Re: Hmm

        Oh, but ++ re your point that Brits/Europeans./whites don't really comptrehend how fundamental the whole my-group-first-and-only thing is outside the west.

        You'll note virtually all the China defenders on this site suffer very strongly from this problem.

      3. Anonymous Coward
        Anonymous Coward

        Re: Hmm

        "As a family owed megacorp, there is no way anything outside of India, that does not boost the bottom line, matters"

        I dunno, I would think Infosys has some interest in the current chancellor.

  8. Anonymous Coward
    Anonymous Coward

    System is mince

    A system that can't protect the elements that make up the system is a system that deserves to wither.

    People before profit is a reasonable stance. No! Wait! We need more bombs and bullets and death machines! To heck with life saving equipment.

  9. PJH1963


    Wipro employees in US, Portugal, and a host of other countries with Government protection and support for workers, have already been laid off or furloughed since beginning of May. In 'developing' countries like Brazil, without the same Covid package and Employment protections, they have been sacked.

    Mr. Premji takes his lead from Donald and Boris. He is a liar.

  10. Anonymous Coward
    Anonymous Coward

    Have the scars to prove it

    Wipro do "Just In Time" hiring - Basically they employ people in case they win a contract. If they dont get it, you're out... bad luck. Doesnt matter if you had a stable job before hand or not.

    We also had to endure lectures from an Indian woman telling us how to deal with Indians on a cultural level, amongst other things we were told that their men are to be excused for demanding that a women make them tea etc.

    I'm sure we have a word for that over here... ? It probably doesnt apply to them though

    1. IT's getting kinda boring

      Re: Have the scars to prove it

      Not as 'interesting' as the time my UK female workmates received an email from India HR telling them how to dress and behave in the office.....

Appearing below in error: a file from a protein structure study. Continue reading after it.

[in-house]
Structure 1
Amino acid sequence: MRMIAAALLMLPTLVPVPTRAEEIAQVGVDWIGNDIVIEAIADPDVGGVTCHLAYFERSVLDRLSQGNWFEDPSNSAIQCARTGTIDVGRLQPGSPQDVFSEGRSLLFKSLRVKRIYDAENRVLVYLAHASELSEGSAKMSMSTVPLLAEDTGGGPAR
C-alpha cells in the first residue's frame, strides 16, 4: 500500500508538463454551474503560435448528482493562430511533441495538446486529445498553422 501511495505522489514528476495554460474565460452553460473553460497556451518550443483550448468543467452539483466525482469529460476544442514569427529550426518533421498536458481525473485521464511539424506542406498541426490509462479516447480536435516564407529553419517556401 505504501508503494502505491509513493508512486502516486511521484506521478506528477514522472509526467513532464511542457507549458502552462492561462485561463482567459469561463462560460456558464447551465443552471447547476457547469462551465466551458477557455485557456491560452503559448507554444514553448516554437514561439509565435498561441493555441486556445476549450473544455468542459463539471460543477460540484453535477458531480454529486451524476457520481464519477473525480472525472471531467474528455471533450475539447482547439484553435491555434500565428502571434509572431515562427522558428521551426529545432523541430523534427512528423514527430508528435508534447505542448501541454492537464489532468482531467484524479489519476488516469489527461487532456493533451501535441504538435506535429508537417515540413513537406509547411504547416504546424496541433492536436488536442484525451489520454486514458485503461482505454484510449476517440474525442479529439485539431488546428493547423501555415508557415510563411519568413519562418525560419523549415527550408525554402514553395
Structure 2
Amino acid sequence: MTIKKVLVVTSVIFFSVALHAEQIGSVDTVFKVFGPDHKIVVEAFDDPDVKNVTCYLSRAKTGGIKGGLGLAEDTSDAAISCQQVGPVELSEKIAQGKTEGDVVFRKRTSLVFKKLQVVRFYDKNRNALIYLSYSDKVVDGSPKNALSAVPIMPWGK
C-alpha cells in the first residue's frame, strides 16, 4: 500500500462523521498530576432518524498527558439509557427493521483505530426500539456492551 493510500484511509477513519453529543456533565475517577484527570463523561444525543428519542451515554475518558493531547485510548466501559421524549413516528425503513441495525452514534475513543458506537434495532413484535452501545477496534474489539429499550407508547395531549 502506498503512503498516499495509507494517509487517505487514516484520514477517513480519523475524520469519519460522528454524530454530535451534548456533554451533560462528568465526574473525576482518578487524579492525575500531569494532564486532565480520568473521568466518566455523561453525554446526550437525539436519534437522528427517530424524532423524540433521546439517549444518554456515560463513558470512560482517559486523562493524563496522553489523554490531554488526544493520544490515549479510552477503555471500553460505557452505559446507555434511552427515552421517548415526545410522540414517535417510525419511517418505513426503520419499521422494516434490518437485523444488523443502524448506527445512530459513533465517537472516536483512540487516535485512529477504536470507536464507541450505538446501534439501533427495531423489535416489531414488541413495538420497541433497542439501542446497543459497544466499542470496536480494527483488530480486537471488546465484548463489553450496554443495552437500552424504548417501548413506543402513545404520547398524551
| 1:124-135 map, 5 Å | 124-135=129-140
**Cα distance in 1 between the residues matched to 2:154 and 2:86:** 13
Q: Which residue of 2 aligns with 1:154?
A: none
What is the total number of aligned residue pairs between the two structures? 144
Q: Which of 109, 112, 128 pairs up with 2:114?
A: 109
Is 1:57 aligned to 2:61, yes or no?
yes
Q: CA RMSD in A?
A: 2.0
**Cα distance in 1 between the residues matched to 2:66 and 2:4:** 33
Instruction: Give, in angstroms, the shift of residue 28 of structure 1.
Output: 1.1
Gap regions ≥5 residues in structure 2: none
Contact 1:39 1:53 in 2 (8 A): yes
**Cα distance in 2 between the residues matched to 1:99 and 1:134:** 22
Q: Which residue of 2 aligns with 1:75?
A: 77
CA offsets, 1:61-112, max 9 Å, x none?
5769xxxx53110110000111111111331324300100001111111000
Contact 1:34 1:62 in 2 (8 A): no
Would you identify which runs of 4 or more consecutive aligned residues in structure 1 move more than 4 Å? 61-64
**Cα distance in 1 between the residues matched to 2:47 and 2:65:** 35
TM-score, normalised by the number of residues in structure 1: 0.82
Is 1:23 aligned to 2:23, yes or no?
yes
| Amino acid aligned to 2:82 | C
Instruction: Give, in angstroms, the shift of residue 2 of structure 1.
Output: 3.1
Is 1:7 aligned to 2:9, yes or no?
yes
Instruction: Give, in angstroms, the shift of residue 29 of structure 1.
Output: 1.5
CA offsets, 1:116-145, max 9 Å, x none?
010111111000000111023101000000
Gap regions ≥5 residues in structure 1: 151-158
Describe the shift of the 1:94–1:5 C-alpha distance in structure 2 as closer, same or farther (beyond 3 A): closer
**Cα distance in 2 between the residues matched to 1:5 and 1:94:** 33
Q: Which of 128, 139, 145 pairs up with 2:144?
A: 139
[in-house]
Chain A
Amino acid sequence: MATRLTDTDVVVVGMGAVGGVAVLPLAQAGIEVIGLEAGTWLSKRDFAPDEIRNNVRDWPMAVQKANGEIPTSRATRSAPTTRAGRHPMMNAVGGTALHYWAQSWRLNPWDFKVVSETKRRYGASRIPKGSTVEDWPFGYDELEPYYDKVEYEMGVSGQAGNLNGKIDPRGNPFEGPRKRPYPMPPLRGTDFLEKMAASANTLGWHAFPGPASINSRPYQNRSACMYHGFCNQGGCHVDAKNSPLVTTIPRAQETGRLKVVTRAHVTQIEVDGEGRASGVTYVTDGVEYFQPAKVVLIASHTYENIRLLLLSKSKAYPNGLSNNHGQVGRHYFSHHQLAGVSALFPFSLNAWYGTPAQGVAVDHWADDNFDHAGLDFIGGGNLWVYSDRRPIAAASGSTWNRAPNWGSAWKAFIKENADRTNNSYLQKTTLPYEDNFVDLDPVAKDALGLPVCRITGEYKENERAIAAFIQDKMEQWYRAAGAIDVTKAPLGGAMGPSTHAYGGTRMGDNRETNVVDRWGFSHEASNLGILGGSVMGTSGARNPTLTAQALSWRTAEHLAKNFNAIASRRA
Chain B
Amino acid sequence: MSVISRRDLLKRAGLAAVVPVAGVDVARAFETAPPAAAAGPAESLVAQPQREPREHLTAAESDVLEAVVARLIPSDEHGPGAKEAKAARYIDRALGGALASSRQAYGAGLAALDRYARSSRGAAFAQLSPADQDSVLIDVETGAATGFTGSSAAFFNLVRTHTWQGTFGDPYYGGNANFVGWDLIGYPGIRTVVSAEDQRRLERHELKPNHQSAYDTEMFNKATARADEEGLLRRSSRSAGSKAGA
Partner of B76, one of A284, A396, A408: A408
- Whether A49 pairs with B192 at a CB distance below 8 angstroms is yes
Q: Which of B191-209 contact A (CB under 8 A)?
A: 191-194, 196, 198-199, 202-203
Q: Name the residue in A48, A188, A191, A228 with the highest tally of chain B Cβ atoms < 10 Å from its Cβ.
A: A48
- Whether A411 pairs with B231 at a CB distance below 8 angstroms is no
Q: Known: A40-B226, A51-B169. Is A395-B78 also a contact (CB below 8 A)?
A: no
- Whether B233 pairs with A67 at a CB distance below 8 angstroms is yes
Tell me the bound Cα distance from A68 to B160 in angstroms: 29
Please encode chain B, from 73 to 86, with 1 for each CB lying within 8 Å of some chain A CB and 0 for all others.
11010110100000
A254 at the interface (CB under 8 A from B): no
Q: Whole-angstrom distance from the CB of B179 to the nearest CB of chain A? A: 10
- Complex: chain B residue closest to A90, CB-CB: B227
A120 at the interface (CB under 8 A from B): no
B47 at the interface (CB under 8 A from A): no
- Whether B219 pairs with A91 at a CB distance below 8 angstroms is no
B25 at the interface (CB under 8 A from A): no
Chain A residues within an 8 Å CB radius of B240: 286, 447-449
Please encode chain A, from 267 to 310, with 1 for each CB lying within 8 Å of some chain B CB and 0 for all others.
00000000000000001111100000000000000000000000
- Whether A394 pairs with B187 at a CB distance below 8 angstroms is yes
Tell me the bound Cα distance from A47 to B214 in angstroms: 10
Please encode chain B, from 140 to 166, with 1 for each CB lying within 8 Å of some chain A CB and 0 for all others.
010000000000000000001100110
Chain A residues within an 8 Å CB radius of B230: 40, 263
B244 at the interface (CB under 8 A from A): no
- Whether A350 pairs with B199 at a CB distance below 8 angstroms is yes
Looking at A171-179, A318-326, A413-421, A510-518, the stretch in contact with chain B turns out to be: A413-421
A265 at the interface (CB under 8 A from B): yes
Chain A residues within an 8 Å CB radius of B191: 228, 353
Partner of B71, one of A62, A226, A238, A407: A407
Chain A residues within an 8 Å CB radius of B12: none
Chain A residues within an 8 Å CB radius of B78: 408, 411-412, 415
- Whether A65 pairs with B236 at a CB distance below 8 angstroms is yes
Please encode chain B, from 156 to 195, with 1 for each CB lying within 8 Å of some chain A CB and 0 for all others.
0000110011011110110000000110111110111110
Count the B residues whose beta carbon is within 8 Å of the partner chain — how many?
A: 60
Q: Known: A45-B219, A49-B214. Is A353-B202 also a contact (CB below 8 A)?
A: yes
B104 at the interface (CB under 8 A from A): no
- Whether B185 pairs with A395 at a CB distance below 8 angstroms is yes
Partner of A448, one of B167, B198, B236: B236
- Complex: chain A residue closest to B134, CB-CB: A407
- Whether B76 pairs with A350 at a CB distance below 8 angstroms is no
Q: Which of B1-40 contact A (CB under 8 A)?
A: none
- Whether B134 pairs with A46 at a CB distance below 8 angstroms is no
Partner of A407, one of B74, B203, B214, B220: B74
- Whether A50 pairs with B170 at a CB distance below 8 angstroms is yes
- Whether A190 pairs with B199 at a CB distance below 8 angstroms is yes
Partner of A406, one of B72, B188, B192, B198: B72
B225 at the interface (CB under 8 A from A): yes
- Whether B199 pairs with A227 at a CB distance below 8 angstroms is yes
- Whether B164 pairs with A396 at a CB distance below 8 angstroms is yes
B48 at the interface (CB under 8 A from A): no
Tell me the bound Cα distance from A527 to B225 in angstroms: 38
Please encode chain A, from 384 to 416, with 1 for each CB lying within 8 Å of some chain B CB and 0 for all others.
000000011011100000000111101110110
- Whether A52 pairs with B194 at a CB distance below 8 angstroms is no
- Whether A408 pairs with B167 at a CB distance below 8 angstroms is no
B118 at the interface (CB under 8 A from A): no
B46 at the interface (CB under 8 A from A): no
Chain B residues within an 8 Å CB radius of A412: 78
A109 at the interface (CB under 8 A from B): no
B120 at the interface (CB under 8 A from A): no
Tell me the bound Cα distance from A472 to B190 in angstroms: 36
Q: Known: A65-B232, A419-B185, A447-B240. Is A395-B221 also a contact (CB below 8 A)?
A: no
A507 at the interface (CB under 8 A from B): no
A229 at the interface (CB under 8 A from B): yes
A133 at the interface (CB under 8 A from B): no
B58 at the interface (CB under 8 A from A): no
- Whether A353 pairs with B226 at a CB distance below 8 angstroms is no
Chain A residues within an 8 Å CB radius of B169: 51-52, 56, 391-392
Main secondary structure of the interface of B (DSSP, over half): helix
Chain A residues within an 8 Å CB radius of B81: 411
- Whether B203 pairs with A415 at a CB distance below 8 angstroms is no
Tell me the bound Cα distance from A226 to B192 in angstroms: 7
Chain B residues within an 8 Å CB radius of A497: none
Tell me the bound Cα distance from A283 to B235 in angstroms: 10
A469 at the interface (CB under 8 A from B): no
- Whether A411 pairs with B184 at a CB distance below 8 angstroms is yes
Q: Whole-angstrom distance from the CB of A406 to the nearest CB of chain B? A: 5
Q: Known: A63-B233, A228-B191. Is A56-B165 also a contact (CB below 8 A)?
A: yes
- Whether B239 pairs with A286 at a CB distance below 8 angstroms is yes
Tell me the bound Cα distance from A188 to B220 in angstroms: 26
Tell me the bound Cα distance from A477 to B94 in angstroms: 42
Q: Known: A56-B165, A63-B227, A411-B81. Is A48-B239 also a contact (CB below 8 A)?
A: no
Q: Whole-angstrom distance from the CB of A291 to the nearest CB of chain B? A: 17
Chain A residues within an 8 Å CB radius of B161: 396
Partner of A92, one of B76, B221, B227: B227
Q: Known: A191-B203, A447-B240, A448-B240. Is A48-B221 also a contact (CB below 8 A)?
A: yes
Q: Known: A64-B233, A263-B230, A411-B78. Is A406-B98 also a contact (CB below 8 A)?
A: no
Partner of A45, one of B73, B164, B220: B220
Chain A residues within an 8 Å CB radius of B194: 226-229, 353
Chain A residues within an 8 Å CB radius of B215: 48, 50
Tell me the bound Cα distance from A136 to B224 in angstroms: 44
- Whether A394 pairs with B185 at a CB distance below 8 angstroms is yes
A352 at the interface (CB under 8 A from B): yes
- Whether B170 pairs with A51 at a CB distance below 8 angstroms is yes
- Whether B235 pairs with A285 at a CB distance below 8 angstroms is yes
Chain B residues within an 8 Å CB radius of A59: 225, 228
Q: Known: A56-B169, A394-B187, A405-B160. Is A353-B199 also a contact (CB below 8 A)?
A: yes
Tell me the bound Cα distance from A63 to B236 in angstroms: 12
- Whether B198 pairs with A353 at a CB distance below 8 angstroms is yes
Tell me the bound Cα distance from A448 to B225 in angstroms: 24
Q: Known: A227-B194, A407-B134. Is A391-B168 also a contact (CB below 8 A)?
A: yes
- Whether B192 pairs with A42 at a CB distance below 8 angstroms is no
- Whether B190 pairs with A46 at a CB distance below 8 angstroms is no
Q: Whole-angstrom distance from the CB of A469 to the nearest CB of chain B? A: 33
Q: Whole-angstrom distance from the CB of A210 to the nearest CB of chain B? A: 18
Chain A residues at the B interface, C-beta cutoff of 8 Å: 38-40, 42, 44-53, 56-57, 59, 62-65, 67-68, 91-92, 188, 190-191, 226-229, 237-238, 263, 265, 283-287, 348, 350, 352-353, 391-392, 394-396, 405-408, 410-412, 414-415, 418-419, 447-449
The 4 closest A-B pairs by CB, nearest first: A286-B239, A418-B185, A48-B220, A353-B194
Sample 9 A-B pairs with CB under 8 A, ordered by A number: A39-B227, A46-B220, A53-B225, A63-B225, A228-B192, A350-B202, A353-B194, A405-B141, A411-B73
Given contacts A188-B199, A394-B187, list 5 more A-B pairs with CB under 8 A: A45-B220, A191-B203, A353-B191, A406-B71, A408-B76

1. BebopWeBop Silver badge

        Re: Have the scars to prove it

        I bet that went down well!

      2. DiViDeD Silver badge

        Re: Have the scars to prove it

        Sadly, I'm old enough to remember a woman in my office (back office banking operations, no direct contact with the public or other businesses - as if that makes a difference) was sent home by a manager to chenge her clothes because she turned up in trousers!

        And this was a US Multinational, in Cardiff, South Wales.

  11. Anonymous Coward
    Anonymous Coward

    I feel sorry for any Wipro customers

    Judging by what I've experienced working with people from similar outfits, the likelihood is that the two people actually doing productive work on a project will soon be replaced with a team that cannot distinguish arse from elbow.

    1. ecofeco Silver badge

      Re: I feel sorry for any Wipro customers

      ...and never ending round robins of emails discussing the problem but never fixing it.

    2. Anonymous Coward
      Anonymous Coward

      Re: I feel sorry for any Wipro customers

      Too be fair, I‘ve had similar emails from HR in US mega-corps, including acceptable hairstyles!

      1. BebopWeBop Silver badge

        Re: I feel sorry for any Wipro customers

        I worked for HP in distant times, they were very relaxed although I don't know how things have changed 'post Carly'. Smelly and unwashed was not acceptable (rightly) but everything else seemed to to work. Happy times (really).

  12. Anonymous Coward
    Anonymous Coward

    Worked with them before

    Ten years ago when they were doing test and assurance on a big programme I was on. They’d provided a test lead and a team of about a dozen testers. The lead developed a bit of a bad reputation for not doing much while half his team, anecdotally, seemed to spend most of their time on Loot looking for bargains.